NATO Targets AI Interoperability
The U.S. and its NATO allies are addressing interoperability issues as both sides of the Atlantic seek to integrate AI technologies into their national security strategies. Meanwhile, the security alliance is pivoting toward talent-rich India in an effort to blunt China’s aggressive AI strategy in Asia.
Those efforts have been spearheaded by the National Security Commission on Artificial Intelligence (NSCAI), which has issued a steady stream of quarterly recommendations for advancing dual-use AI technologies.
NATO is not far behind the U.S. military in integrating AI technologies, “but we want it to be further ahead,” said NSCAI Commissioner Jason Matheny, director of Center for Security and Emerging Technology at Georgetown University.
Interviewed during an NSCAI podcast, Matheny laid out the challenges and opportunities the 70-year-old alliance faces in integrating AI technologies. “For military interoperability, especially in an age when algorithms will be fighting against algorithms, you need to get the interoperability right.”
To that end, NATO members adopted an AI roadmap last year to begin the process of integrating AI technologies along with the deploying interoperable platforms. Technology interoperability has long proven difficult in an alliance that has expanded from a dozen founding members to its current 30.
The military alliance released a white paper during the summer outlining a five-year plan for AI development and deployment. NATO planners are also developing policies for the fielding of autonomous technologies.
“Getting all of this right really matters,” Matheny stressed. “The U.S. and its allies need to coordinate early and often” to align resources ranging from budgets to technical expertise as NATO ramps up AI deployments.
The alliance’s initial AI interoperability initiatives include simulations, war-gaming and pilot projects, Matheny added.
Those interoperability efforts will not be so restrictive as, for example, requiring AI developers to used a single programming language. “Industry has in fact found that you can support lots of different forms of software development simultaneously and still get the systems that are interoperable.”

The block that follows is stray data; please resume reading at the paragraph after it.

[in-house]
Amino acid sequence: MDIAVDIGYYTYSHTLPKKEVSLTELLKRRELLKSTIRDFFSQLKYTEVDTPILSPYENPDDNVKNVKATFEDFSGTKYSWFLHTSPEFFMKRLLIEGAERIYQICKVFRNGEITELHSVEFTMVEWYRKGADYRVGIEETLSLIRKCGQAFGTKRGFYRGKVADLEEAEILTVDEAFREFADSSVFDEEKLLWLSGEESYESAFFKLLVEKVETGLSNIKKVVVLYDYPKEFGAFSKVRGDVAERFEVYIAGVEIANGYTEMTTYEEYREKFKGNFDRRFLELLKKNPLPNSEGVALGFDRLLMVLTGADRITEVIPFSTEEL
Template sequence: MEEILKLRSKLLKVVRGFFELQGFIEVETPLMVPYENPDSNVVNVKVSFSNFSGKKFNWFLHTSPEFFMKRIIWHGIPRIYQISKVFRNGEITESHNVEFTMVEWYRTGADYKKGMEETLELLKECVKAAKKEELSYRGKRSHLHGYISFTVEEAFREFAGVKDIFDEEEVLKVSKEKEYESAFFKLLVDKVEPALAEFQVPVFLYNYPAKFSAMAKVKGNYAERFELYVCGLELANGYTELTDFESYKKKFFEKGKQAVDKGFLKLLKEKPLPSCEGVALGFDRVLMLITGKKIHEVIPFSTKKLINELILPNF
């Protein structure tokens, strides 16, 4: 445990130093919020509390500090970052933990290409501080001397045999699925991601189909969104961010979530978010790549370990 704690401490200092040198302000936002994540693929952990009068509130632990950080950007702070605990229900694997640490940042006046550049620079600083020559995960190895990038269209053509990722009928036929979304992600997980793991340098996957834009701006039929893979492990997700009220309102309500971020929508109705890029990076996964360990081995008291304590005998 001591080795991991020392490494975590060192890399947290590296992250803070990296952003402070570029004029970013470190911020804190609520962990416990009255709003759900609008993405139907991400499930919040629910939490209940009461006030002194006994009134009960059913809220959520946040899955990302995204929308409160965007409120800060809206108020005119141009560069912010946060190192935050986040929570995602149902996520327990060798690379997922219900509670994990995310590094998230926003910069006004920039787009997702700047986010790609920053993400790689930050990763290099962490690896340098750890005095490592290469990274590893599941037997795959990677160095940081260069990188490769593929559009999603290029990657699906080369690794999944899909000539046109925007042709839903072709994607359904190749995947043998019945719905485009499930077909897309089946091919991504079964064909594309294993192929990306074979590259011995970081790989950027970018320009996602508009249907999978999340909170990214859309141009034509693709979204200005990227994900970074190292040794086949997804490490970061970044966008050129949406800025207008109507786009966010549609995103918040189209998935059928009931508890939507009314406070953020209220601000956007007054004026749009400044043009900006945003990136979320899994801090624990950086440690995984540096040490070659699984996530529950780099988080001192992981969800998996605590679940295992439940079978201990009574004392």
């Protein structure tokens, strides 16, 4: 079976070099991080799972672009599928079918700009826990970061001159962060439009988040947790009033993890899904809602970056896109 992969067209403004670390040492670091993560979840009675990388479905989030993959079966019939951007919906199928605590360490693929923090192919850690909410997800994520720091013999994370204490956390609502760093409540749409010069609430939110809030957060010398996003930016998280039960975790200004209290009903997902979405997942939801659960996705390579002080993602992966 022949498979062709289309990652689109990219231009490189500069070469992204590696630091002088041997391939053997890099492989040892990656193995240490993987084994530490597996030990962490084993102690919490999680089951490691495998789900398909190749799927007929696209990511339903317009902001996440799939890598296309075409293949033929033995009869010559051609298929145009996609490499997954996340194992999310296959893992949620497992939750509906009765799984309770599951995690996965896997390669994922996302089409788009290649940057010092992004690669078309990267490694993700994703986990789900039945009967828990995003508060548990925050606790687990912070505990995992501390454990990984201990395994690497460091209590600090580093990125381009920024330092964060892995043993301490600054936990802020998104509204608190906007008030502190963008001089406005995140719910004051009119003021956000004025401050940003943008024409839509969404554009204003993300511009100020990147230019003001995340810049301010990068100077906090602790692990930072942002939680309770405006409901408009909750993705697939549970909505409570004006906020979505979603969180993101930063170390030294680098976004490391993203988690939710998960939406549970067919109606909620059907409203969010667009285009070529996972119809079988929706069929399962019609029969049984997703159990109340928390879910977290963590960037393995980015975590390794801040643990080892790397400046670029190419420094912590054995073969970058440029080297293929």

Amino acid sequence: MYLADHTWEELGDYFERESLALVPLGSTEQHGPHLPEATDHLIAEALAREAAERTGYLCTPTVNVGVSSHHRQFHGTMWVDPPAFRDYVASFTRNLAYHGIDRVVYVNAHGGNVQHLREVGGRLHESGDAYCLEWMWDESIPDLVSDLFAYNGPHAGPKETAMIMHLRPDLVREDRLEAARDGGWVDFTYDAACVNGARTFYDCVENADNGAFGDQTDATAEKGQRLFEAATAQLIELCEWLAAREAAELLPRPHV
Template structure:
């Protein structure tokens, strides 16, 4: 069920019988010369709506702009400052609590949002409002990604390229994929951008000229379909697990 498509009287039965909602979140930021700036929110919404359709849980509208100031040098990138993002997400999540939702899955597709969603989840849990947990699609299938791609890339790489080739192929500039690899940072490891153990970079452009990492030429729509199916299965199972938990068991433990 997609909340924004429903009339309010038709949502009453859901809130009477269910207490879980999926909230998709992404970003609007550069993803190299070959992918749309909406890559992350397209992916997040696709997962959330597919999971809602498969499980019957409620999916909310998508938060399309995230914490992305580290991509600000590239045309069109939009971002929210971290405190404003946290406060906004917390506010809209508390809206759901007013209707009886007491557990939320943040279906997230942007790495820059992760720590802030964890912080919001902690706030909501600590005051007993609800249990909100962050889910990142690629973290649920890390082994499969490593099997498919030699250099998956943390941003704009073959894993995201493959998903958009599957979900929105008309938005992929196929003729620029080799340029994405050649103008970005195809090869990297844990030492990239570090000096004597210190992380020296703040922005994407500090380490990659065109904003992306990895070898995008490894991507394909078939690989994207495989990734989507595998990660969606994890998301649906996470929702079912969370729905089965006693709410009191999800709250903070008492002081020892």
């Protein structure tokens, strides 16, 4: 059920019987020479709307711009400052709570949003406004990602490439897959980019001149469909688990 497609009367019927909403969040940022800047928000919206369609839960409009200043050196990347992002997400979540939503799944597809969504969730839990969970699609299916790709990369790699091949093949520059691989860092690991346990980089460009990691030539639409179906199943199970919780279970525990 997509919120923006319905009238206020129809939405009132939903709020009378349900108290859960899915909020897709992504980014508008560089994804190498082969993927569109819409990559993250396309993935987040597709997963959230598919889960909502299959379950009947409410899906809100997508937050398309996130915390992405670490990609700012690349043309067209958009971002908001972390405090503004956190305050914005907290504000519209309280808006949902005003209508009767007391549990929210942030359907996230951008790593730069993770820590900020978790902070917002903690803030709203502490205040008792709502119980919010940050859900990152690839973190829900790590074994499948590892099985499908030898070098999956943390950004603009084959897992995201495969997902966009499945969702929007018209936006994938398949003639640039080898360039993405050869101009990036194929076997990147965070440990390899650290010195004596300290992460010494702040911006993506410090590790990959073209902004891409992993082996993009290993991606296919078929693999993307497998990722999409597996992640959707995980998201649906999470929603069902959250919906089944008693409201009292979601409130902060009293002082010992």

Instead, NATO developers should seek standards, common frameworks and APIs. “When were using sensor data, we need to understand what the data frameworks are and ensure that the systems that are processing those data are going to work across the alliance,” the commission member said. That means data collected by a European member will work on a U.S. platform.
Interoperable cloud computing platforms are also being emphasized as a way to build and distribute tools among NATO members, Matheny added. Hence, the commission has recommended a common NATO cloud infrastructure to support interoperable AI development.
Matheny pointed to U.S. classified cloud infrastructure hosted by U.S. cloud vendors, most notably Amazon Web Services (NASDAQ: AMZN) for American intelligence agencies, as a “totally feasible” model for the alliance. “Being able to migrate to cloud computing infrastructure does provide a lot of advantages, and having a shared infrastructure with NATO allies doubles the benefits.”
NSCAI was formed to counter China’s aggressive push into AI, and the growing reality of algorithmic warfare. The commission is looking to India as a talent base and a counter to Chinese prowess in the regions outside the NATO alliance.
India’s strategic importance grows along with its economy, projected to soon be the third largest in the world. “India is really important,” Matheny stressed, along with its proximity to China.
“Any plan that is focused on emerging technology needs to have India as a priority,” he added. While China’s technological rise is tied to its integration into the global trading system along with infrastructure investments, “we should now be pivoting to India as the focus of integration and investment,” said Matheny.